Nintendo puts on a master class on how to win E3

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Breath of the Wild 2.
Above: Breath of the Wild 2. Image Credit: Nintendo

It might seem kind of silly to talk about “winning E3.” It is just a trade show, after all. But the Electronic Entertainment Expo is also very much a battle for the hearts and minds of gamers. And if this E3 was a battle, than Nintendo was Alexander the Great. It dominated.

The E3 Nintendo Direct was fast-paced. Many of the other week’s briefings from the likes of Microsoft, Square Enix, Bethesda, and Ubisoft were around 90 minutes long. Nintendo’s show was just 40 minutes.

We got good looks (including plenty of gameplay) for anticipated titles we already knew about. Important games like Luigi’s Mansion 3, The Legend of Zelda: Link’s Awakening, and Animal Crossing: New Horizons had enough time in the spotlight to make appealing pitches to fans without overstaying their welcome.

More hype in less time

We also had plenty of surprises, both big and small. On the more niche side, Panzer Dragoon is getting a remake for Switch. The same goes for Trials of Mana (the sequel to Secret of Mana), a Square Enix that has never come to the U.S. before. These announcements may not appeal to everyone, but they’re a big deal for specific audiences.

The big announcements felt huge. Seeing Dragon Quest characters coming to Super Smash Bros. Ultimate is cool, but the Banjo-Kazooie reveal was a euphoric moment for many long-time Nintendo fans. And then we had the show-ending knockout of the announcement of a sequel for The Legend of Zelda: Breath of the Wild. Few people saw that one coming.

Even the specific order of the announcements and segments during the Direct felt masterful. They opened with the Dragon Quest characters coming to Smash Bros., which was a surprise and significant reveal for one of the Switch’s most popular games. Then Nintendo seemingly ended the show with the Banjo-Kazooie reveal, only to deliver a classic “one more thing” moment with the Zelda announcement.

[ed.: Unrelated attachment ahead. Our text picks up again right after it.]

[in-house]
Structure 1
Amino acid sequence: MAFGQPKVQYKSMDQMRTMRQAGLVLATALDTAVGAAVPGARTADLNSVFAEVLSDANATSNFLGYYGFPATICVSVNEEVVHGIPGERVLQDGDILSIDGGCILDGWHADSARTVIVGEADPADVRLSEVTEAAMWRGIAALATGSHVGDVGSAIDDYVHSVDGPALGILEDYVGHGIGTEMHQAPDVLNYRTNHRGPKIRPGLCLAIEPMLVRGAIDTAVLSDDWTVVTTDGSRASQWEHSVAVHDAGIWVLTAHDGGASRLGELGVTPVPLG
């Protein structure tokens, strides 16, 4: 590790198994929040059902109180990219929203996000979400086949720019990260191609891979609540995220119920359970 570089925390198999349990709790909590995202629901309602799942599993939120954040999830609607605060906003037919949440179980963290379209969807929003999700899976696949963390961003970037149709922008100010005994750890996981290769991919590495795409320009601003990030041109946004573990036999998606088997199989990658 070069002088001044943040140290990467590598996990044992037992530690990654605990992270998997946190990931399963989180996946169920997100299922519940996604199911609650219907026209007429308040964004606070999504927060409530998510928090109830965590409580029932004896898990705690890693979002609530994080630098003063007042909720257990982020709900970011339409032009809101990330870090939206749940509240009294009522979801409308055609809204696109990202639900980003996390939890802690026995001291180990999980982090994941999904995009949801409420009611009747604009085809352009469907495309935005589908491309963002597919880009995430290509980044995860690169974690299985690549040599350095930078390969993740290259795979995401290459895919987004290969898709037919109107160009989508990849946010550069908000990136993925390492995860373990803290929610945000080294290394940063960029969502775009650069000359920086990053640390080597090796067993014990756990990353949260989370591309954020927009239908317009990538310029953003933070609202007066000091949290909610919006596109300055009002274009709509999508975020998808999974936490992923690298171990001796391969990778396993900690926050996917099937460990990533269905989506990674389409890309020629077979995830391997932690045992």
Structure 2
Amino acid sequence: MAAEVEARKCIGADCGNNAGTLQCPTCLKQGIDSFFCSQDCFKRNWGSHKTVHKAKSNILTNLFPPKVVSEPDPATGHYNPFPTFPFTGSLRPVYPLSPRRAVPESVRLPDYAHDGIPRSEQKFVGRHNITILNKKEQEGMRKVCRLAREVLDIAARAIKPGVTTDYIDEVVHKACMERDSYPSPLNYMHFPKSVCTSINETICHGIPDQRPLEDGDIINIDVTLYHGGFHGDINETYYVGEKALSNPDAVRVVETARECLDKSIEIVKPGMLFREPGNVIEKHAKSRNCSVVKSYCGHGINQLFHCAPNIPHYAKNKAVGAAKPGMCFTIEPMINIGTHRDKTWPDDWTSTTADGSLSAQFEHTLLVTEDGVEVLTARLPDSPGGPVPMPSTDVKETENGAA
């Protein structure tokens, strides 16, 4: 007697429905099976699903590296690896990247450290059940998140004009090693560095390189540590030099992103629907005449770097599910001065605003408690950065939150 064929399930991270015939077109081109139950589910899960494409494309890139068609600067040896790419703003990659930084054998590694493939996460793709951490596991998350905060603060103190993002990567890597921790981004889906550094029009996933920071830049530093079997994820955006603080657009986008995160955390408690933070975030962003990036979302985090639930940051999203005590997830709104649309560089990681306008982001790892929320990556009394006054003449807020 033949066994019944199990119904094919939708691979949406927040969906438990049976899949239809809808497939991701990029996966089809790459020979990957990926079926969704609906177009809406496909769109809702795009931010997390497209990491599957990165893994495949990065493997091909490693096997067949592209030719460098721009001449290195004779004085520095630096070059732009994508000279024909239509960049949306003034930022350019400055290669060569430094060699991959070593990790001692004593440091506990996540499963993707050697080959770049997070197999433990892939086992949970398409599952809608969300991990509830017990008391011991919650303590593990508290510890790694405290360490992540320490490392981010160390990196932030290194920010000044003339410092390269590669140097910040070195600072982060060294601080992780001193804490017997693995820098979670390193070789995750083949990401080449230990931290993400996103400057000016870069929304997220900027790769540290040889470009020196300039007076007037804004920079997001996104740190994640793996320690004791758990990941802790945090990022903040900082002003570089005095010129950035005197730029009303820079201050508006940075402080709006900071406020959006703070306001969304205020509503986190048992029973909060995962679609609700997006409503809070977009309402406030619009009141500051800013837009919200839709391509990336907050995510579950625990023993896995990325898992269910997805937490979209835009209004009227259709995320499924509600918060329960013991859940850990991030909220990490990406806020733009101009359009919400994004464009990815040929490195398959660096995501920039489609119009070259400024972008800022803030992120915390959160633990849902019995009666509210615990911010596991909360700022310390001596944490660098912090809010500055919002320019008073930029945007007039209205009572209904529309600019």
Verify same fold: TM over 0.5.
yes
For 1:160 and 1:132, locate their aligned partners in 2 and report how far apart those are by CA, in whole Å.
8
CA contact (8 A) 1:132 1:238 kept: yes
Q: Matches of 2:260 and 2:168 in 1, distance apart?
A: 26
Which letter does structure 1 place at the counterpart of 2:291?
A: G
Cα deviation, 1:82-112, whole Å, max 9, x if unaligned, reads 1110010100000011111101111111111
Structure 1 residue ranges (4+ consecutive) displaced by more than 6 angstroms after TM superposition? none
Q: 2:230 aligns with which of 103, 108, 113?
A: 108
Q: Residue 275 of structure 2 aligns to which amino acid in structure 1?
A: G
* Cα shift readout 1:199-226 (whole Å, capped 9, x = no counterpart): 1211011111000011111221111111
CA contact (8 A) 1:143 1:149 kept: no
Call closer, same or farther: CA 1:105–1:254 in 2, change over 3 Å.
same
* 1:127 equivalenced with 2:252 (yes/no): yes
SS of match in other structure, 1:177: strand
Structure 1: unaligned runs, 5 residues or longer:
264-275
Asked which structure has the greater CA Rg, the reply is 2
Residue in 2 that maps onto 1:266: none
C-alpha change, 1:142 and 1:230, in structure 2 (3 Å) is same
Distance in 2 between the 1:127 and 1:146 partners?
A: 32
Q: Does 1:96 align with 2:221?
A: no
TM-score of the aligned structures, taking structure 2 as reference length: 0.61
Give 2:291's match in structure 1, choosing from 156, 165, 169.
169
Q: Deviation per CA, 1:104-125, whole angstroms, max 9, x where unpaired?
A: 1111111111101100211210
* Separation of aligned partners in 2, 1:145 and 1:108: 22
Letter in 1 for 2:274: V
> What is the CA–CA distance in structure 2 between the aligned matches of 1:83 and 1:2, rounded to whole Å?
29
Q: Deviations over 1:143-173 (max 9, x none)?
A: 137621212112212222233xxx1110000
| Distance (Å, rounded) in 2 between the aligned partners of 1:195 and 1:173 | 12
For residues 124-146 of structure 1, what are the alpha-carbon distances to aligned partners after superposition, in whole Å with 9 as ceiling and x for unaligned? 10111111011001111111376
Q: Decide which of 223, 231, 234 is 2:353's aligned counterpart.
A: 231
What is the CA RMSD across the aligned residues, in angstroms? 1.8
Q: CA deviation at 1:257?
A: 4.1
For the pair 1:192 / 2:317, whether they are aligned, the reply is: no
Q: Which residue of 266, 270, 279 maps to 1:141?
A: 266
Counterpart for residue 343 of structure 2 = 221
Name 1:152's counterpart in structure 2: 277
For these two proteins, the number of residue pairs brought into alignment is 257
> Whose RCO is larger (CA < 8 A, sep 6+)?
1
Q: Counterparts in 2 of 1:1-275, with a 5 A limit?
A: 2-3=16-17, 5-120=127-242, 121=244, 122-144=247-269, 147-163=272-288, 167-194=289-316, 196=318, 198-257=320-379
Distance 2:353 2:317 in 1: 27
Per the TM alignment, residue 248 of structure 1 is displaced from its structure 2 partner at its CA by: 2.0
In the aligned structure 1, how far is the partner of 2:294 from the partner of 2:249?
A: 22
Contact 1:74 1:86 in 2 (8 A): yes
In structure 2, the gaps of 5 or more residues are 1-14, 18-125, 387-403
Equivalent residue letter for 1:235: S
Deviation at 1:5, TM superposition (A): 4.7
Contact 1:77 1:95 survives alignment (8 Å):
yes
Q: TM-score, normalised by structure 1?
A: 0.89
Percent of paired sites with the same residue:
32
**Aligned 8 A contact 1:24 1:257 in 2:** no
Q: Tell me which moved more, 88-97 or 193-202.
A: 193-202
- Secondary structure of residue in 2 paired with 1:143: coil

That’s how you build excitement. Show something good to enough to be the final reveal, and then top it. Compare that with what Microsoft did. It ended its show with Halo: Infinite. Now, Halo is a big deal, but the in-game cinematic presentation we got wasn’t all the exciting. Microsoft already revealed that game last year. We didn’t learn much about it during its E3 segment. Even though it’s freaking Halo, it fell a bit flat.

And even the shows that did have good openings and closings, like Square Enix with Final Fantasy VII Remake and The Avengers, suffered from boring middle sections that felt like padding. Nintendo didn’t have any filler.

Nintendo’s in charge

Now, Nintendo does have an advantage. Many of the other companies are working on games for PlayStation 4 and Xbox One, consoles that are nearing the end of their lives. The Switch is only just over two years old. It should have a busier lineup of games while Sony and Microsoft focus on making their next systems.

But Nintendo’s show was impressive even when judged against some of the best E3 shows ever. It was snappy, paced perfectly, and had a lot of huge, exciting moments.

Everyone else needs to study what Nintendo did hear. Maybe the rest of the industry should follow its lead. Ditch those onstage and bloated presentations for something like this hype-filled and snappy Nintendo Direct.

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